If you have an upcoming stay at the Andaz Papagayo, here are some tips Nicoleen and I came up with, based on our stay:
- There is no hot tub on the premises. Don’t expect one!
- There aren’t any publicly accessible ice makers. We called the front desk to have ice delivered and it never came. If you need ice, the bartenders by the kid-friendly pool will fill up any container you bring them.
- The sun in Guanacaste is not like the sun in Florida or Southern California. At 10 degrees north latitude it’s very strong. Apply more sunscreen than you think you need!
- If you’re on any sort of budget, don’t hesitate to bring some of your own food and alcohol. It seems like a common thing to do at this resort.
- All restaurant and bar prices will have a 13% tax and a 10% service charge added to them. We never figured out if the service charge was supposed to cover the tip, so we added a tip anyways. If anyone knows the standard tipping customs in Costa Rica, please explain it in the comments.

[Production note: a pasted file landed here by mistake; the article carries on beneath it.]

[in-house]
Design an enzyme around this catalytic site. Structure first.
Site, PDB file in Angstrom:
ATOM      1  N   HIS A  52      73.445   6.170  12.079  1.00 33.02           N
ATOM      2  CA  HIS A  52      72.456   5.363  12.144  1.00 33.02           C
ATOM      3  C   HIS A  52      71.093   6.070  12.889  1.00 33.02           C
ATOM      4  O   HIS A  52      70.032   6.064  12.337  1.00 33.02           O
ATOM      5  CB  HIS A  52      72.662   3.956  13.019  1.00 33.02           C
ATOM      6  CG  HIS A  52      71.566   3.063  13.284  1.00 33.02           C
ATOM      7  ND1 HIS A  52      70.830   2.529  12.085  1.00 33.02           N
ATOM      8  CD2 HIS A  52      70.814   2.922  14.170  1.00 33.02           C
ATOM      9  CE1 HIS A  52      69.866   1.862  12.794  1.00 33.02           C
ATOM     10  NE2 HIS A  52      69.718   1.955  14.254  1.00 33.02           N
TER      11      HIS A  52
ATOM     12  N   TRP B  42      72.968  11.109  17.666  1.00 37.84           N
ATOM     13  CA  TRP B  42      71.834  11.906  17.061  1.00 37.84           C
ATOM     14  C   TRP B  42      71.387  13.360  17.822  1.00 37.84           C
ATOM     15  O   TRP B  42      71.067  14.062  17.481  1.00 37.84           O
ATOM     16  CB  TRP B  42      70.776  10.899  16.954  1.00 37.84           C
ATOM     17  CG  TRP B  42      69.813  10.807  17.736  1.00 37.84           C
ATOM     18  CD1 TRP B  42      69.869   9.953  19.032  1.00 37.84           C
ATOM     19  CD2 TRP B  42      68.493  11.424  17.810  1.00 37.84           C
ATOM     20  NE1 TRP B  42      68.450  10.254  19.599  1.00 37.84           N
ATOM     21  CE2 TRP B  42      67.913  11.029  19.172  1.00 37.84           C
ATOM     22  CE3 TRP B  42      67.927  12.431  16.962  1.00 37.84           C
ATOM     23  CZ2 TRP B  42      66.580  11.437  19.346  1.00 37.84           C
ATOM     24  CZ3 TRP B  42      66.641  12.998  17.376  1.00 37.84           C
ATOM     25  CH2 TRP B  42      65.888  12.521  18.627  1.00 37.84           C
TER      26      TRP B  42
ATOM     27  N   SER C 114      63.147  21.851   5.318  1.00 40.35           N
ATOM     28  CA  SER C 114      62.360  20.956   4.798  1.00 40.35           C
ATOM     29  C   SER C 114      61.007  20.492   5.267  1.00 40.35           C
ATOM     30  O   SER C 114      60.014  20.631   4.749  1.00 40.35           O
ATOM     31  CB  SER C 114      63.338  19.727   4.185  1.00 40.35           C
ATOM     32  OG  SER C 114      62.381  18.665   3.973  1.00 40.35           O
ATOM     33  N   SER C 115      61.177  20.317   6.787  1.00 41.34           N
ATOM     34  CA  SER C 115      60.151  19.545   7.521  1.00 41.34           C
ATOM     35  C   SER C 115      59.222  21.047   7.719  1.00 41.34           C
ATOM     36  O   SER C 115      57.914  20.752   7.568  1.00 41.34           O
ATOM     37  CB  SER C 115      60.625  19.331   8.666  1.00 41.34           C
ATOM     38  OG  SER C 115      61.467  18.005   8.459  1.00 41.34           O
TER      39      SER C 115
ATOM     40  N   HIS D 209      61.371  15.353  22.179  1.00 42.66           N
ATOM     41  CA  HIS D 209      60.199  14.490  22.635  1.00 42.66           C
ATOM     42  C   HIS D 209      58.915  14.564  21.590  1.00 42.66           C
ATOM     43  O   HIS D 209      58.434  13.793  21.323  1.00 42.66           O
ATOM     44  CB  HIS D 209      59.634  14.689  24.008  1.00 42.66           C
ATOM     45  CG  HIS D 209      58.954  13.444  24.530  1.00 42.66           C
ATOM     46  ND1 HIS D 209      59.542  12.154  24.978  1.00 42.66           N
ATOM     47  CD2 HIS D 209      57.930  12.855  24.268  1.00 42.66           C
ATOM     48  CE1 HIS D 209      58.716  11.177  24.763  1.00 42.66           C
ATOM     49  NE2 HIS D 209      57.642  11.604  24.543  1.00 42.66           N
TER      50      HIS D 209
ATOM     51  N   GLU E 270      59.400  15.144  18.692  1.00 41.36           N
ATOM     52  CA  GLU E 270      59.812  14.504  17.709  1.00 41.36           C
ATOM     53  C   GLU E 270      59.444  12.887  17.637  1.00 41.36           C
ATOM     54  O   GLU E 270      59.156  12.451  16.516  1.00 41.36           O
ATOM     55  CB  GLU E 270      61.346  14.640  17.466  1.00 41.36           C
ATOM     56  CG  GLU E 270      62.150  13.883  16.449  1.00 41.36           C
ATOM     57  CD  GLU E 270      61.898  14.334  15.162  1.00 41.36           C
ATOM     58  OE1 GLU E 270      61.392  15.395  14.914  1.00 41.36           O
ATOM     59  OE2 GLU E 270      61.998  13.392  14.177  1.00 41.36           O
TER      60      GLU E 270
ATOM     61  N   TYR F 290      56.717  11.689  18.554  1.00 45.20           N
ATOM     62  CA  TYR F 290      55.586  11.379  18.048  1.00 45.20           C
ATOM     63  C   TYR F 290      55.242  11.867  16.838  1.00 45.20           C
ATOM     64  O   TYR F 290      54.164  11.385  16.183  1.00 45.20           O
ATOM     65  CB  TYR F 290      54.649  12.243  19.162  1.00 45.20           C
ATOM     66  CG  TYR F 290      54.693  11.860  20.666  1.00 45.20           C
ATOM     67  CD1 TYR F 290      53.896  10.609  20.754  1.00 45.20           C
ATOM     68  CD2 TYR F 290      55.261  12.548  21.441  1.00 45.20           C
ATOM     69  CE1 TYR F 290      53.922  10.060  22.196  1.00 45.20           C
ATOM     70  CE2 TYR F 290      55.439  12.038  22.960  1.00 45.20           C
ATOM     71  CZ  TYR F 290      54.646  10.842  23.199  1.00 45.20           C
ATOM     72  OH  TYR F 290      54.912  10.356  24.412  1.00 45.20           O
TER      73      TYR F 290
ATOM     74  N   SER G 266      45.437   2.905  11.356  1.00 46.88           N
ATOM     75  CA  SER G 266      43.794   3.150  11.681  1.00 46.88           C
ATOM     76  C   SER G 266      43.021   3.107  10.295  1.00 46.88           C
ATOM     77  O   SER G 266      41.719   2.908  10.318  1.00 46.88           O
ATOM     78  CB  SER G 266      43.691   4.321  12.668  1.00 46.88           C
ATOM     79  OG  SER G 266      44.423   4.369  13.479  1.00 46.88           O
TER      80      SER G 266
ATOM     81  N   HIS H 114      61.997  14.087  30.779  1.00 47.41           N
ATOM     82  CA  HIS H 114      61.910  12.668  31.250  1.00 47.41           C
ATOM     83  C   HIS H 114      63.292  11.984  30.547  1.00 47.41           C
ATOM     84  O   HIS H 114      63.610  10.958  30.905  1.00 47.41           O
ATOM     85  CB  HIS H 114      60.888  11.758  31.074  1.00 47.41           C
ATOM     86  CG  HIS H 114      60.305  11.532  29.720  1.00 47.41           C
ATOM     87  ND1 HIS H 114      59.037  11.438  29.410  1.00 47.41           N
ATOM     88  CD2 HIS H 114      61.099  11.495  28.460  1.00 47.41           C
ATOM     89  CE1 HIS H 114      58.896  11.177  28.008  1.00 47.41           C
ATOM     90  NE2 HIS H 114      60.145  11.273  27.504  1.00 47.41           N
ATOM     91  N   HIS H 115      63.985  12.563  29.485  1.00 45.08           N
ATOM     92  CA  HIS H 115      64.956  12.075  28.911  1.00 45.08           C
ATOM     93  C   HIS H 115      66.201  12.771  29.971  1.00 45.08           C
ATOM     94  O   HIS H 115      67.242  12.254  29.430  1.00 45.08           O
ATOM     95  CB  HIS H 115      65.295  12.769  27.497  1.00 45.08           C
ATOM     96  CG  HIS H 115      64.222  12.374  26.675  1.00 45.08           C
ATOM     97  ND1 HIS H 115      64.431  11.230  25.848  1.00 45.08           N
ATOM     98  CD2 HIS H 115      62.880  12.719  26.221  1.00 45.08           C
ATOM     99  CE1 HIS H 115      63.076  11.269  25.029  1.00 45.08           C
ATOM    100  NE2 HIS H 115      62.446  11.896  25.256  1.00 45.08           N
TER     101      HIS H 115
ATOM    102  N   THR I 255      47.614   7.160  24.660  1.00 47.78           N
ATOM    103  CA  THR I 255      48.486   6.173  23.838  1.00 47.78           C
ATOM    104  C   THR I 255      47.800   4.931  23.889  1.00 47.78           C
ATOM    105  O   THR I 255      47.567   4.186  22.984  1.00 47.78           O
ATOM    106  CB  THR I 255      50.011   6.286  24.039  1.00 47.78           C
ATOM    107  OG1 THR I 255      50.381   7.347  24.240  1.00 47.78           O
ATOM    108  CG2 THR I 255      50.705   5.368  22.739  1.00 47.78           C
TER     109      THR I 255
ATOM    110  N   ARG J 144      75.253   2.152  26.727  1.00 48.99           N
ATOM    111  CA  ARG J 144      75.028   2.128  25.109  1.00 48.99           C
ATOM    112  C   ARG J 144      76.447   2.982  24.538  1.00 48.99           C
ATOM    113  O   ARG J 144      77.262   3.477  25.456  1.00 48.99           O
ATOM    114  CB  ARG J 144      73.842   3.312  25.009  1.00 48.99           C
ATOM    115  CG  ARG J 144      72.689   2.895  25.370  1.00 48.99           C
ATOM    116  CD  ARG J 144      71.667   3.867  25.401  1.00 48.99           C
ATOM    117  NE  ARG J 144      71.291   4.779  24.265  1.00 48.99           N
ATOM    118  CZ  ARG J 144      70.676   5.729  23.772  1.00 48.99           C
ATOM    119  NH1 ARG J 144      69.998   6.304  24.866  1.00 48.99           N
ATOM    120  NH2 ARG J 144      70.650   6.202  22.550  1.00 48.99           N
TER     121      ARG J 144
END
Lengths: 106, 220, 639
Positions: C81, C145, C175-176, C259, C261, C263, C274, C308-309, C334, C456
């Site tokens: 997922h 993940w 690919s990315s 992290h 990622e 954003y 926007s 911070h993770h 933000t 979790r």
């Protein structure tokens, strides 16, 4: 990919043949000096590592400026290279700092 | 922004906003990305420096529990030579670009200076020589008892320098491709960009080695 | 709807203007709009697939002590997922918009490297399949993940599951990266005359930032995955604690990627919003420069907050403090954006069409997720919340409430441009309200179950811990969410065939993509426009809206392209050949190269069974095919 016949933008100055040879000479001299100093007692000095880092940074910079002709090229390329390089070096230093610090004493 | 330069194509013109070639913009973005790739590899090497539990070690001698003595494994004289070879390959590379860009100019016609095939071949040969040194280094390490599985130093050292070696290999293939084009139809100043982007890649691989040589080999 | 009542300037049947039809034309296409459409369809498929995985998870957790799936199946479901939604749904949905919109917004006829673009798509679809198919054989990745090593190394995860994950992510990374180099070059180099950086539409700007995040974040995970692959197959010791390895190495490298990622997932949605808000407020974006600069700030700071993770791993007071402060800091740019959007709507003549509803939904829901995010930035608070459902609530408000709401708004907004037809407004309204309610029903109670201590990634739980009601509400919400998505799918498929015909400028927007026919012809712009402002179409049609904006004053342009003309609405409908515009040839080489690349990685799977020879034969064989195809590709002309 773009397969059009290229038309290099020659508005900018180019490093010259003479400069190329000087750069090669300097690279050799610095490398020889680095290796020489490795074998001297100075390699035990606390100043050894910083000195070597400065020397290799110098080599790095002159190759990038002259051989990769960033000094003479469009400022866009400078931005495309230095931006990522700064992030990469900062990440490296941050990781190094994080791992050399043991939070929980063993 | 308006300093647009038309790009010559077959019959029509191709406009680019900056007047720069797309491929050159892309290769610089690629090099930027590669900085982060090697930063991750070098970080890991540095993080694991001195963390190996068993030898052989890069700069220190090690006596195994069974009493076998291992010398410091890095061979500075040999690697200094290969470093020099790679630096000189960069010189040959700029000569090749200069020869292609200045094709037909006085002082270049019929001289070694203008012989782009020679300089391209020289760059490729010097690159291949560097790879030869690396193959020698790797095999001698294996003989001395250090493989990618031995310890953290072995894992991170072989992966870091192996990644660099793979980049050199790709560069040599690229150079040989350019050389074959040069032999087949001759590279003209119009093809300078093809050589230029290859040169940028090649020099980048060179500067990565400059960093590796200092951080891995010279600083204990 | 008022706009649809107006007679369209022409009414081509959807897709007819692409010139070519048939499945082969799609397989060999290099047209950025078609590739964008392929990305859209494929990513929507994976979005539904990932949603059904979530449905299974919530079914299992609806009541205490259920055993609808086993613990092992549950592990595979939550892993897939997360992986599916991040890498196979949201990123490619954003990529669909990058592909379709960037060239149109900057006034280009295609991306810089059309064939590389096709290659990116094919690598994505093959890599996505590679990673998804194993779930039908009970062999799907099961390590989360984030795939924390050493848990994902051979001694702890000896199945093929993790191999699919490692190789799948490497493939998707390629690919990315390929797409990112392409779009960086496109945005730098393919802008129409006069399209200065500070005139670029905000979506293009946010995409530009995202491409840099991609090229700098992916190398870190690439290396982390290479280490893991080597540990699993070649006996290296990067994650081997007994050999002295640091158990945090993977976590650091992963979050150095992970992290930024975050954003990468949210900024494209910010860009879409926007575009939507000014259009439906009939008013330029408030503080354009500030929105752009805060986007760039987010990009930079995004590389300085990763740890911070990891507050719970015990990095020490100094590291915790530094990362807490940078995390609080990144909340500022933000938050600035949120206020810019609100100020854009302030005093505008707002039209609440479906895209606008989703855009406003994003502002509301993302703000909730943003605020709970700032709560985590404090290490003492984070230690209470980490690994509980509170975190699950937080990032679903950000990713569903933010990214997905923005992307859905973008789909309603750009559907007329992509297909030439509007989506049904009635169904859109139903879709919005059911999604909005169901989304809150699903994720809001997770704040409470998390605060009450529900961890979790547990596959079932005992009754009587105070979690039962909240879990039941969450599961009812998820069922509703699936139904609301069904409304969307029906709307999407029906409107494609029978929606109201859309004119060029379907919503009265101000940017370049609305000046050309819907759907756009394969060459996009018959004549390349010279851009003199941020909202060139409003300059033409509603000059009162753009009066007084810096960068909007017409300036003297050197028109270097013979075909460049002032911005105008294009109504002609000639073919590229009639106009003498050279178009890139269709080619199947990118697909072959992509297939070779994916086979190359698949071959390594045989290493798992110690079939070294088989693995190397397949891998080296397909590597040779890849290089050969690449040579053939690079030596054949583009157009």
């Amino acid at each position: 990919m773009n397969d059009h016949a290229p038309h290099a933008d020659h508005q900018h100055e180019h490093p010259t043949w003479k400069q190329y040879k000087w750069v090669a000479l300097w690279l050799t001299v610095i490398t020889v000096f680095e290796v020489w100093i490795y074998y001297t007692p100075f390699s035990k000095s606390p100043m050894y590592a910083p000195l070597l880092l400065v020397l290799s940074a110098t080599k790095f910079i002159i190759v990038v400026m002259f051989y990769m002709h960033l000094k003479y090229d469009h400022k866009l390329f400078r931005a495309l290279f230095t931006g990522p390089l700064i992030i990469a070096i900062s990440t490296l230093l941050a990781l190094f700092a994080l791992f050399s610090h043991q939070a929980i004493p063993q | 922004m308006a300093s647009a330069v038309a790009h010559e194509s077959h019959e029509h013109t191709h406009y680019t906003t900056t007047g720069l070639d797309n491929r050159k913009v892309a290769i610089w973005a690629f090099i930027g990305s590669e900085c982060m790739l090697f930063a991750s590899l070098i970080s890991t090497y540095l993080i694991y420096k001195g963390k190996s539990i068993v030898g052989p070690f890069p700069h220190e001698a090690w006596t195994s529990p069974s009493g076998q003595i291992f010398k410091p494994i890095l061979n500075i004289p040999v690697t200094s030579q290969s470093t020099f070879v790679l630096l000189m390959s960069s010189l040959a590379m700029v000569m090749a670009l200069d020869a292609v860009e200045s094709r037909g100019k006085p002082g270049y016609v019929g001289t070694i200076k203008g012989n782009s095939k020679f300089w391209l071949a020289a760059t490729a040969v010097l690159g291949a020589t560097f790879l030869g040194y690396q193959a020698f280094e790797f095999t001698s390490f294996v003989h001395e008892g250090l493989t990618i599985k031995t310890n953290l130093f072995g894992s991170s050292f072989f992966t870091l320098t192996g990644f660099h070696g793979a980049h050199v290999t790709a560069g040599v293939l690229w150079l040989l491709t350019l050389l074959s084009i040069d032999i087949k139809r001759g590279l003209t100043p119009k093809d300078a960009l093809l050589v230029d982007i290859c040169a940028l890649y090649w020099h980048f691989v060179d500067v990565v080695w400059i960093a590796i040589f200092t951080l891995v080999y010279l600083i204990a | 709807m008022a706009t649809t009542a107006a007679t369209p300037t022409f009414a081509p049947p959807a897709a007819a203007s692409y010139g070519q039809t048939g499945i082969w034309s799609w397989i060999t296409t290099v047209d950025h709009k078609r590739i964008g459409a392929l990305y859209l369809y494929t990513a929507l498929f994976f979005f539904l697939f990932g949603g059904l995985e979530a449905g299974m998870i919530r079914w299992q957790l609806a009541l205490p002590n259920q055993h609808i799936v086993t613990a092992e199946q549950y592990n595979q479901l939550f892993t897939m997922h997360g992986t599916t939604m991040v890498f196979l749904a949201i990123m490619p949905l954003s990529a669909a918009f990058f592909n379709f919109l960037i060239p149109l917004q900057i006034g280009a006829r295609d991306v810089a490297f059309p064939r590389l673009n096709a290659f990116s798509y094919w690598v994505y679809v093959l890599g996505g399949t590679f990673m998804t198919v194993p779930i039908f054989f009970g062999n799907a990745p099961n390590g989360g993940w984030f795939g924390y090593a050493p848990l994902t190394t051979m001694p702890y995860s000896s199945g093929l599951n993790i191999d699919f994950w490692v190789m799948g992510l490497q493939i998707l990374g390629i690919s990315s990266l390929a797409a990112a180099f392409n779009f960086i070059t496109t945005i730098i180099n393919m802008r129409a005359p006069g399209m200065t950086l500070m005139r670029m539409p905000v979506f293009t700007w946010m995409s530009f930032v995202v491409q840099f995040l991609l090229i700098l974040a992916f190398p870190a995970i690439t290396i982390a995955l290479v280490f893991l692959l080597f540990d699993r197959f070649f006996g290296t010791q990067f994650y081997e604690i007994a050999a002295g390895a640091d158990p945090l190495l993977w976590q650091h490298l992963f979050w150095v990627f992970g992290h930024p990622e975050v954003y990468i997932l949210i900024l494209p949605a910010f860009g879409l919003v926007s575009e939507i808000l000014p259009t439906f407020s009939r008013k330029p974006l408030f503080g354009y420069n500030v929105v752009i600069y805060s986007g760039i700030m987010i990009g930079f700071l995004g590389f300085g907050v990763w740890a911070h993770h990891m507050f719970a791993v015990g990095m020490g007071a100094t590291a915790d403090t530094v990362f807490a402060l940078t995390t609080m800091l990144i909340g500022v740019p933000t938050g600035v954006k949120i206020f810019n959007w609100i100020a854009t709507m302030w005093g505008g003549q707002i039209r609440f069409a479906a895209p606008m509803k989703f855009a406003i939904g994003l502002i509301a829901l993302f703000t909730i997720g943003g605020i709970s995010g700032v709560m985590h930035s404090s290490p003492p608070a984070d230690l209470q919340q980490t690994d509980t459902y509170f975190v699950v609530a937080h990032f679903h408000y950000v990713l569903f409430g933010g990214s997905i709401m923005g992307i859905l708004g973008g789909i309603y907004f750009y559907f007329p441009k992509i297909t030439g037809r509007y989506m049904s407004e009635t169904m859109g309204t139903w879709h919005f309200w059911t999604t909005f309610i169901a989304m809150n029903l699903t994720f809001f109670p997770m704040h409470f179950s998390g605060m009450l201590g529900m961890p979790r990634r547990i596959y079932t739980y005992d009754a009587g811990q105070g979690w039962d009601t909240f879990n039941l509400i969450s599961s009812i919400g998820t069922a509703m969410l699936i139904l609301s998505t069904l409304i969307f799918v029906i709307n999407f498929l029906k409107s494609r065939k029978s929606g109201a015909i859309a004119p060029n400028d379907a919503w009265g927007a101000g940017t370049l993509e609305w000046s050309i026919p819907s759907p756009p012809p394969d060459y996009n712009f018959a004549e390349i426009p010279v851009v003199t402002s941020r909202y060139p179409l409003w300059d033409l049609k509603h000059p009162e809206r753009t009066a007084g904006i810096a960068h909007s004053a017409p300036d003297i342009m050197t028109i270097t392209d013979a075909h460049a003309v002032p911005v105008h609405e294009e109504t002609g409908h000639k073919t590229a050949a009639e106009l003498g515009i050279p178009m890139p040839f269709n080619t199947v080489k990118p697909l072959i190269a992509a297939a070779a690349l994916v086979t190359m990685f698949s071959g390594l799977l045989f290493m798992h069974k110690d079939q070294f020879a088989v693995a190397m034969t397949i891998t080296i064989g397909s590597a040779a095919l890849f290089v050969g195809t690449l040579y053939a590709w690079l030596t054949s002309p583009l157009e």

- The whole beach basically vanishes at high tide, so mind the tide chart provided at check-in when planning beach activities.
- Scenery, prices, wildlife, and weather all vary a lot depending on the time of year. Plan accordingly.
- Anything left on your balcony is subject to search and seizure by monkeys! Thankfully we realized this without learning the hard way.
- Have a back-up plan if you’re signed up for any activities involving the ocean. Weather and sea life conditions may cancel your plans.
🙂 Thanks for reading my review! 🙂